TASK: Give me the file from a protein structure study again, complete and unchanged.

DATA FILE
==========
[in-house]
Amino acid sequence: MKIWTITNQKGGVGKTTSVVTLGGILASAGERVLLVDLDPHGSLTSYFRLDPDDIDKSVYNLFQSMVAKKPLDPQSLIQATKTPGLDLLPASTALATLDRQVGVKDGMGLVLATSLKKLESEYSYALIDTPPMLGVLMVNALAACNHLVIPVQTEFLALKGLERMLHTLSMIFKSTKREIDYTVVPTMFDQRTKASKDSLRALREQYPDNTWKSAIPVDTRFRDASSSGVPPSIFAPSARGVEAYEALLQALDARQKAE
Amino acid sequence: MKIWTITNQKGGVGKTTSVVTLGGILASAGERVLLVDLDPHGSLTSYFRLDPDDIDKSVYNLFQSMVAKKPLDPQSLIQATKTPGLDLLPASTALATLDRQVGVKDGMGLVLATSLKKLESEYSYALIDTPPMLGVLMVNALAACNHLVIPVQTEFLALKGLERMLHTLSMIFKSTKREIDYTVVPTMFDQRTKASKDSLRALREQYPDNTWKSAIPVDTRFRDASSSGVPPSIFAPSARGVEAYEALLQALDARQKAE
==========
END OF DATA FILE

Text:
[in-house]
Amino acid sequence: MKIWTITNQKGGVGKTTSVVTLGGILASAGERVLLVDLDPHGSLTSYFRLDPDDIDKSVYNLFQSMVAKKPLDPQSLIQATKTPGLDLLPASTALATLDRQVGVKDGMGLVLATSLKKLESEYSYALIDTPPMLGVLMVNALAACNHLVIPVQTEFLALKGLERMLHTLSMIFKSTKREIDYTVVPTMFDQRTKASKDSLRALREQYPDNTWKSAIPVDTRFRDASSSGVPPSIFAPSARGVEAYEALLQALDARQKAE
Amino acid sequence: MKIWTITNQKGGVGKTTSVVTLGGILASAGERVLLVDLDPHGSLTSYFRLDPDDIDKSVYNLFQSMVAKKPLDPQSLIQATKTPGLDLLPASTALATLDRQVGVKDGMGLVLATSLKKLESEYSYALIDTPPMLGVLMVNALAACNHLVIPVQTEFLALKGLERMLHTLSMIFKSTKREIDYTVVPTMFDQRTKASKDSLRALREQYPDNTWKSAIPVDTRFRDASSSGVPPSIFAPSARGVEAYEALLQALDARQKAE